Saturday, May 12, 2012

Family reunion

We had a family reunion today at my brother's ranch--my family, his family, and his wife's family, thirty of us. These are wonderful folks, and we couldn't be luckier to have each other. It isn't clear in this fuzzy photo but there are nine under ten--one was sick and couldn't come, so my niece is also missing--but all day it seemed like there were about twice that many little kids having the time of their lives.
John and Cindy are generous, gracious hosts who go to a lot of trouble for their family. John has been planning this--especially the main event--for ove two weeks, and Cindy worked all day in the kitchen. The only person who can successfully help her is her sister, Jenny, so while the rest of us went on a hayride, Jenny and Cindy worked.

The hayride--the main event! Everyone piled on a flatbed trailer stacked with bales of hay. I must admit that Cindy's sister, Patty, her SO Ralph, and I followed in a Kobuto (think that's right) which is a small all-terrain thing--much more comfortable. Cindy's brother-in-law Kevin folowed on an ATV and midway, he and Ralph changed vehicles. The stock tanks are full, the pastures lush with various grasses and wildflowers--I saw a version of coreopsis and some purple things I couldn't identify plus some we thought were black-eyed Susans. Quite a contrast from last year when drought and high temperatures turned the land pretty barren. From the Kobuto, I got a great view of all the fun the kids were having. A new game: jump off the wagon and then run to catch up and jump back on. Not sure that's a wonderful idea, but no one got hurt.
The tour guide, my brother, stopped to point out various things--like the wildflowers (six-year-old Kate picked a bouquet for her mom) but this was primarily a hunt for Bigfoot. At one point, Jamie jumped out, sniffed some leaves, and declared that Bigfoot had come that way. The young kids fanned out looking for trail in all earnestness. But on the edge of one stock tank, they found it! Bigfoot's footprint! Here's Jacob, looking back at Uncle John, when he first saw the footprint.
As John said, that made the day, if nothing else. And then Jamie led the little children and some big in a searching walk around the edge of the tank--I was waiting for one to get too intent on searching and tumble into the water. Lo and behold, there was another footprint on the othe side of the tank! It was honestly a wonderful sight to see those kids so excited, trooping along in single file through waist-high weeds and grass, bending down to examine the footprint without disturbing it. I hope they'll remember this day when they're grown and treasure the wonder of it.
We had a bountiful meal--beef tenderloin, corn on the cob (Jenny stuck wooden chopsticks in the end of each piece of corn for easier holding--great idea!--they come with takeout orders from PeiWei and she had a drawer full of them), rolls, and then the things the rest of us had brought--my potato salad, Megan's marinated vegetables. We had snacked all along on Mel's veggies and dip, Lisa's black bean salad, Jordan's corn dip. We ate well, and it was so good. For dessert: homemade ice cream and Beth's cookies. Funniest picture oif the day: two-year-old Andrew who lost his balance and sat in the doorway, tumbling his ice cream and spraying it everywhere but not at all disturbed by his sudden seating. Here are my two gorgeous daughters:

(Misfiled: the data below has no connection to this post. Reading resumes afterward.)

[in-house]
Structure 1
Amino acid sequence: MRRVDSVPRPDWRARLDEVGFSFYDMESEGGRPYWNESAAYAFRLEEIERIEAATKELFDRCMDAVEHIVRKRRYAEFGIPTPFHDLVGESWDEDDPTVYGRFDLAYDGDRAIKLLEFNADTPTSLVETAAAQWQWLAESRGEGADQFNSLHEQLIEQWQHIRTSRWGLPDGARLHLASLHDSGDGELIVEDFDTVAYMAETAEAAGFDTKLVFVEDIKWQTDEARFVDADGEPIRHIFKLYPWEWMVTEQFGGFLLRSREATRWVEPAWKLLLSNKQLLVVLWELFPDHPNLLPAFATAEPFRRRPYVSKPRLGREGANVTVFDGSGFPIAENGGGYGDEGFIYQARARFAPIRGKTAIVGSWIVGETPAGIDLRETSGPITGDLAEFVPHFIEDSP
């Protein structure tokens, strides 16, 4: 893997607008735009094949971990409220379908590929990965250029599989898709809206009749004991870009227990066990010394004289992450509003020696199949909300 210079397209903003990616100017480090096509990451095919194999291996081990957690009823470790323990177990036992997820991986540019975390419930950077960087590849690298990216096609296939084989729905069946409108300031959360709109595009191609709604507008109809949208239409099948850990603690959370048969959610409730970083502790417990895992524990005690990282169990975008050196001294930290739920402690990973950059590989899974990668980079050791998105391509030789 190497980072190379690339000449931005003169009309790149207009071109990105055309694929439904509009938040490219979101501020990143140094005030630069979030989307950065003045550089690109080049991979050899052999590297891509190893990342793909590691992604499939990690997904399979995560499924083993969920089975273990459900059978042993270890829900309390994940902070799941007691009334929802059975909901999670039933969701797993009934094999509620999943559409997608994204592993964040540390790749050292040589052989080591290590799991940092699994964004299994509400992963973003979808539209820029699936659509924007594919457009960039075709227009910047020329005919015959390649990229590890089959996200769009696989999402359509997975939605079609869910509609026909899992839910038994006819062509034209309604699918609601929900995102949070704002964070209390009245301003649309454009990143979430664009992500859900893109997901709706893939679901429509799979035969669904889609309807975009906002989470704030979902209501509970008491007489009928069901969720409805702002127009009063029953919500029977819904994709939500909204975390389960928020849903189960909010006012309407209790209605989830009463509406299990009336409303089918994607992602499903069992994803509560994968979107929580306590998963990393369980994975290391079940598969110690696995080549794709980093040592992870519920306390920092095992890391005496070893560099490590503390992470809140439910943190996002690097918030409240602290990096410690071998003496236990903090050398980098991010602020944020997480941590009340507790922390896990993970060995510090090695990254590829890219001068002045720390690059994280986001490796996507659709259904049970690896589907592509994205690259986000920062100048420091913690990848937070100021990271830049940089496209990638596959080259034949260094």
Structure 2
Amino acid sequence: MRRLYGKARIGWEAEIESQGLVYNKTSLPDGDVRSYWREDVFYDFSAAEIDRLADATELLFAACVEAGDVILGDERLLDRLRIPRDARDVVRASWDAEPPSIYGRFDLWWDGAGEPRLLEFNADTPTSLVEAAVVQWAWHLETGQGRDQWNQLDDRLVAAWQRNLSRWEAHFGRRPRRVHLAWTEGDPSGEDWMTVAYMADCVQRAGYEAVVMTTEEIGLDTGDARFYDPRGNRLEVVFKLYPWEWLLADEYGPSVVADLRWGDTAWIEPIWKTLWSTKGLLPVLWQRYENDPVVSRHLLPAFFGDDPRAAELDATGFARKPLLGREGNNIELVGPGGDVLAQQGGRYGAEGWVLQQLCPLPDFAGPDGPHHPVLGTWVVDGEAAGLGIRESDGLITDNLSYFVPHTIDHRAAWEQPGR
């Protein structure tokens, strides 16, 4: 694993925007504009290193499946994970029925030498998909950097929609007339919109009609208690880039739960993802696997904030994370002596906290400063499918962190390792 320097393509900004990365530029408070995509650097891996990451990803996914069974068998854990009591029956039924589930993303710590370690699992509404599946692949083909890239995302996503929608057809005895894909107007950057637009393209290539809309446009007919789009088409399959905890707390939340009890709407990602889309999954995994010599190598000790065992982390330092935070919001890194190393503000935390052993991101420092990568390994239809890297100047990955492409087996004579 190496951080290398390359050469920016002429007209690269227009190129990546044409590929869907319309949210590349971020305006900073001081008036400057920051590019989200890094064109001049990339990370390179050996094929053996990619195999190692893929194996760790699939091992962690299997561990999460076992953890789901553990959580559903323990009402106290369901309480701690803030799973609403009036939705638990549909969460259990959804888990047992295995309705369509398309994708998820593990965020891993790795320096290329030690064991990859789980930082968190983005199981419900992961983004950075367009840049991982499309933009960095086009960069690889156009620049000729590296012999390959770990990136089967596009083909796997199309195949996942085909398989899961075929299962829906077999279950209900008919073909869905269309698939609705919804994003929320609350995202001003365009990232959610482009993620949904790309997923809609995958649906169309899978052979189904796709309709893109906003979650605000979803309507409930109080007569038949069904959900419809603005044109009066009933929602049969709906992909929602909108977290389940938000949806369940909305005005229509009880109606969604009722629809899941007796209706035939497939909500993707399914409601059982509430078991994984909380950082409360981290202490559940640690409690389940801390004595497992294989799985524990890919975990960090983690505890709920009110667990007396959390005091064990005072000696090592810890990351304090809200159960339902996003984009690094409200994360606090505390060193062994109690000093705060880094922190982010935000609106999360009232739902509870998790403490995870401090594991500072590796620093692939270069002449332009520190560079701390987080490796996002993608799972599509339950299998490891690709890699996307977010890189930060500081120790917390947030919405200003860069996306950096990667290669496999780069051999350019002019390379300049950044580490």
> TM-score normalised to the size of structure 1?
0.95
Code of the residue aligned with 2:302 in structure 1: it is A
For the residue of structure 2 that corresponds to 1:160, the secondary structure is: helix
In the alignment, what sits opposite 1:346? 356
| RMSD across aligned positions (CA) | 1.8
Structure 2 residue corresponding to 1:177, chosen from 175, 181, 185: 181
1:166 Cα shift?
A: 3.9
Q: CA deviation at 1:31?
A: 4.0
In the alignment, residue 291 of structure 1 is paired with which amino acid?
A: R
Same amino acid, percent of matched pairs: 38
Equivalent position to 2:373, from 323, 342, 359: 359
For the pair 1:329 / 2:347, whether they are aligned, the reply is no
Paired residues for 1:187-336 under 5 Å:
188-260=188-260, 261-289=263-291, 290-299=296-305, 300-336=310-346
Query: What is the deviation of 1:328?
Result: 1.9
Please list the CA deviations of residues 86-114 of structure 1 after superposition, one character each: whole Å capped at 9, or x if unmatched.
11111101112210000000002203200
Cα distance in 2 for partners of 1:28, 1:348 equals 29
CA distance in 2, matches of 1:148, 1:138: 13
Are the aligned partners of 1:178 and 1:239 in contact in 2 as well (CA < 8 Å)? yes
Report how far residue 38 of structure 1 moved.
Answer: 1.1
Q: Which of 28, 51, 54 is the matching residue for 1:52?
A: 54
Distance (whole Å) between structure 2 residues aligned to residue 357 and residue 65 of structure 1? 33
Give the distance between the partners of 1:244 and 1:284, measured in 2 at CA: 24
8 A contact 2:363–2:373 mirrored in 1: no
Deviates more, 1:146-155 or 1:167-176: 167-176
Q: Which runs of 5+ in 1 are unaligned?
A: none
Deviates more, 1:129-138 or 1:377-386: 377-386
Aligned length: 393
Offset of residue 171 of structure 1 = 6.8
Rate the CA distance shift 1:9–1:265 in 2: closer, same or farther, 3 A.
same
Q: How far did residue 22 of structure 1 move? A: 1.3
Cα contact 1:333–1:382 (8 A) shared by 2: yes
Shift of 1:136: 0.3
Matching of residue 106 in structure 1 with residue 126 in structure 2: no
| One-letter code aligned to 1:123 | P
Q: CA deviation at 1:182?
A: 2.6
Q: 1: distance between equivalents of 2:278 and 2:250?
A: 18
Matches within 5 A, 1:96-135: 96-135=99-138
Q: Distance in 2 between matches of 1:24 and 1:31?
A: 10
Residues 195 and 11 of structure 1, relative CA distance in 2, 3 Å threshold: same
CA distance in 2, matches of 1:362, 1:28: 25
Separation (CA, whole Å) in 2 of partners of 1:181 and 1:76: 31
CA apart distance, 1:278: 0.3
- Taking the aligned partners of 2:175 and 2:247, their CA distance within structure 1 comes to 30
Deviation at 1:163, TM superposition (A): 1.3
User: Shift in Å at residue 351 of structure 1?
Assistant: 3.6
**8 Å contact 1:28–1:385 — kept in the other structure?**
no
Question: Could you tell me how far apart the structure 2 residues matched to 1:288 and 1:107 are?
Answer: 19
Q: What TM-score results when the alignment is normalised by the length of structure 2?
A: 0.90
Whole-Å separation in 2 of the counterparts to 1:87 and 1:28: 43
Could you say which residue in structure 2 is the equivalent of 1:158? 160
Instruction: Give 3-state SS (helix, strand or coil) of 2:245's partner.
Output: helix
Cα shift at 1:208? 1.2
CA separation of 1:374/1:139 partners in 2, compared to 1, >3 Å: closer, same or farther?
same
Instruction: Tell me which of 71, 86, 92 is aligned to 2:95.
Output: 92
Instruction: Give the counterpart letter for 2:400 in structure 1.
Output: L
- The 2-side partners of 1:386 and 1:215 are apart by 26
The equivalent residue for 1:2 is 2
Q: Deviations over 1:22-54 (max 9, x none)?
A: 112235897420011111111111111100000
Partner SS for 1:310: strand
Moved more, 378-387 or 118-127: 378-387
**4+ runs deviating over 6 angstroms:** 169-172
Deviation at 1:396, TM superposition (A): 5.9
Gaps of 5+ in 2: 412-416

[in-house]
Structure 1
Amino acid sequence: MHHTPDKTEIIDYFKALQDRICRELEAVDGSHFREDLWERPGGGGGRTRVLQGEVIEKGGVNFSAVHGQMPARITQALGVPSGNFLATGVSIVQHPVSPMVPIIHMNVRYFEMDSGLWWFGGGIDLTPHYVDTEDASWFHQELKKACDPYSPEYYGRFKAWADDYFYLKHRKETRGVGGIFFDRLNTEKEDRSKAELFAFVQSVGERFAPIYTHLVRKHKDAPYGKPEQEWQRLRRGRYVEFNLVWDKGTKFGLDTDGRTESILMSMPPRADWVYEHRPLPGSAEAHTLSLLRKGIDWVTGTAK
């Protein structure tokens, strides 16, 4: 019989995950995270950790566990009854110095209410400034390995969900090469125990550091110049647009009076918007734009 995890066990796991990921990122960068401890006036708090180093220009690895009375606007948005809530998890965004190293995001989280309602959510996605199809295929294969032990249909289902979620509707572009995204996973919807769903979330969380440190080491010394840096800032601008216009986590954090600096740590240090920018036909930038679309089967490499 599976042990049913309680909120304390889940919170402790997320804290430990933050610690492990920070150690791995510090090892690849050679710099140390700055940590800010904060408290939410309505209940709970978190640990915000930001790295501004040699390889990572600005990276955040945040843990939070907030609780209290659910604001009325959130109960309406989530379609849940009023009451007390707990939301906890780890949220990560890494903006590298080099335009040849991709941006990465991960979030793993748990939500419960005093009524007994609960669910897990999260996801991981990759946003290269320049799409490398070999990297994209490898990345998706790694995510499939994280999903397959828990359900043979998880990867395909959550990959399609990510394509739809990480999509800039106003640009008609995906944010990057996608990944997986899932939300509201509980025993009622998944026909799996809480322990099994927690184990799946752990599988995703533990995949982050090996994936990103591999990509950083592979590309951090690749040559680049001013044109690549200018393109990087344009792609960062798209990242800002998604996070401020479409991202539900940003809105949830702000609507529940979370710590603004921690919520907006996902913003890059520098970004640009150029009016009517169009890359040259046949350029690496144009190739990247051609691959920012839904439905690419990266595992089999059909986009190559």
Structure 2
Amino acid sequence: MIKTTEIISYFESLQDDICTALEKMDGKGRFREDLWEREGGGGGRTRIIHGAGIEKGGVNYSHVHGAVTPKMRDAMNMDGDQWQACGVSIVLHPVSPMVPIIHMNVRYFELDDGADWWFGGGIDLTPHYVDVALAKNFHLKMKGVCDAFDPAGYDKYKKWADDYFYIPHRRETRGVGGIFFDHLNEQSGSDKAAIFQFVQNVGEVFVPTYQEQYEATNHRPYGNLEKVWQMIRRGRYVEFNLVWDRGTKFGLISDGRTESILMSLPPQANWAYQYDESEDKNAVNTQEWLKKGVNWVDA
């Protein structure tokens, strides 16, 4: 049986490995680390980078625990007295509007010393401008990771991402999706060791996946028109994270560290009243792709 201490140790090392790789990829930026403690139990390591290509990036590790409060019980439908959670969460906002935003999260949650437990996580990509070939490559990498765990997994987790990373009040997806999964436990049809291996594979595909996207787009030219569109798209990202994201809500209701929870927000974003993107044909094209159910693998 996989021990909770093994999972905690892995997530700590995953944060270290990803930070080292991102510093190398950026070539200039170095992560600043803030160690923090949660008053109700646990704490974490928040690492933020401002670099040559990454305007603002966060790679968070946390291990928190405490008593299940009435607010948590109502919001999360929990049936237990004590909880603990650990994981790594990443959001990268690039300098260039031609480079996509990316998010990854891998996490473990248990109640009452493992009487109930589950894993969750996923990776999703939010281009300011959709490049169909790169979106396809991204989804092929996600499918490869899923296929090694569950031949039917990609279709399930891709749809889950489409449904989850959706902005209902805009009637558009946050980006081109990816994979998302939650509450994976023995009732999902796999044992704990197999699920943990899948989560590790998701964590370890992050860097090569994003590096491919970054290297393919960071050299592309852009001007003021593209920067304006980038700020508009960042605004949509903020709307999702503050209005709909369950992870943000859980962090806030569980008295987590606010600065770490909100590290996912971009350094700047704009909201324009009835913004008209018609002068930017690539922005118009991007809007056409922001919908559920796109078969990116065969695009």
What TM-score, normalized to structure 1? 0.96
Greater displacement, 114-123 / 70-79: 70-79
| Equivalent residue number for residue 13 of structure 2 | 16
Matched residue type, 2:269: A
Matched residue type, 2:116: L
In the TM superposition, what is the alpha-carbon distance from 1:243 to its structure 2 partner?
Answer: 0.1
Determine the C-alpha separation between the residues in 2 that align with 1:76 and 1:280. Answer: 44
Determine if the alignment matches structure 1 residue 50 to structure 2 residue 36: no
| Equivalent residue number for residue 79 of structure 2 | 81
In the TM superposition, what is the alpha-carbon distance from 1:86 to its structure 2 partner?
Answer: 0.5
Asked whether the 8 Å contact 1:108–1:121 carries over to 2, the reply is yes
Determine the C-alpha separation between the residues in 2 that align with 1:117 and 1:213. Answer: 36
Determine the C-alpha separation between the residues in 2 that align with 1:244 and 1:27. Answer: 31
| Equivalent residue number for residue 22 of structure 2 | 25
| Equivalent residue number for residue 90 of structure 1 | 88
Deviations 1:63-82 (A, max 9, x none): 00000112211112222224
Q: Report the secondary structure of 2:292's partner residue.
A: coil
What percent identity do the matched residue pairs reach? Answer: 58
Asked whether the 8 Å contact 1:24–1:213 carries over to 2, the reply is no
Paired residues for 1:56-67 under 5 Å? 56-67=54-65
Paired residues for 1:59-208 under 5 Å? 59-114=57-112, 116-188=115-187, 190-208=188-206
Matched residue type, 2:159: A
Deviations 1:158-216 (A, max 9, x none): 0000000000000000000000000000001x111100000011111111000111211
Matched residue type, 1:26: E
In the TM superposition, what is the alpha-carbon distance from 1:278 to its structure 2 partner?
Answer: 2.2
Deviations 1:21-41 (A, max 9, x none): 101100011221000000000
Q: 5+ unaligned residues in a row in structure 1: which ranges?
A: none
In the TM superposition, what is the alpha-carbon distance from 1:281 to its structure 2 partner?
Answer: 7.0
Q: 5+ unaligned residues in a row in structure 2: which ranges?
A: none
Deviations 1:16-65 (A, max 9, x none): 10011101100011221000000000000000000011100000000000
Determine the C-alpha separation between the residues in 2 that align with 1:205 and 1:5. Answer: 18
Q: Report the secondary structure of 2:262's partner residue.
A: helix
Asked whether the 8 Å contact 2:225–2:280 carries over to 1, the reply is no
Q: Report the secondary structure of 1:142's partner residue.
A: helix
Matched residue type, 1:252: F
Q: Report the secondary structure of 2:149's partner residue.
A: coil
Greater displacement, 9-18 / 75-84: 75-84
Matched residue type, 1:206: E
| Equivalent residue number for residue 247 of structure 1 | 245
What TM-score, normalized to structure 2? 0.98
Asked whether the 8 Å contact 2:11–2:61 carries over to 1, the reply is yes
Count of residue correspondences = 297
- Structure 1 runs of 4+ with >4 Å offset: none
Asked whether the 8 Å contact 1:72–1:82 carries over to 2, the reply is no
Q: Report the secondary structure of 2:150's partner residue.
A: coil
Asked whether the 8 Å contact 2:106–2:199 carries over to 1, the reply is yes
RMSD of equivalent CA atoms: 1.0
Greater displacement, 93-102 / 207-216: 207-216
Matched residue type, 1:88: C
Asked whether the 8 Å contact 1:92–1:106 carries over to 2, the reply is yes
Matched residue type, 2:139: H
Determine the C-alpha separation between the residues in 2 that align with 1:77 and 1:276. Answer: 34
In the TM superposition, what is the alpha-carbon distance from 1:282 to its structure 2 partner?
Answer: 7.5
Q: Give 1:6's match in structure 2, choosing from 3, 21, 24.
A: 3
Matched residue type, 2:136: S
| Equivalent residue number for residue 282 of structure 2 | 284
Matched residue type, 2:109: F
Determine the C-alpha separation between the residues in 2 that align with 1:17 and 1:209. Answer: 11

There were games of horseshoes--Andrew thought collecting horseshoes (plastic) was his duty, but he had to be persuaded to part with them and stand away from the peg--and there was a riotous game of baseball in which everyone got turns batting and running to loosely (very!) defined bases.  Most of us sat on the porch and laughed a lot. The day was absolutely perfect, with a temperature in the 70s and cloud cover. As we left a few drops of rain sprinkled on us but that was all.
John and I never had the sense, growing up,that we were part of a larger family. John had Peckham cousins in New York--he spent some summer with his New York relatives and was close to them, but is no longer close to the few that are left; on my dad's side, I had one cousin in distant Canada--the last time I saw her I was about fourteen (she's part of my life now, but that's a different story). On Mom's side there were three cousins, and we lost track of them years ago. So it is a huge delight for us to have all these folks as family. Some of us only cross paths twice a year, if we're lucky, but it's always joyous, a time for celebrating--and the ranch is almost always the location of our get-togethers. It's not only a treat to be together, but for some of us a day spent in the outdoors is a marvelous change. (John always says I don't spend enough time outdoors, and he's probably right, but I loved it today). I've always known how blessed I am with my children and grandchildren, but once again today I was reminded of just how large my family is and of how grateful I am for all these diverse people with whom I laugh, joke, and feel loved, as I love them. My sense--and hope--is that as the years go by, these generations, my children and grandchildren, will stay close to cousins, aunts and uncles.
Tonight half of my immediate family is at my house, crashed. I know all those ten and under will sleep soundly tonight.
PS I read just the other day that it is legal in Texas to hunt and kill Sasequatch and Bigfoot. Good luck all you hunters!

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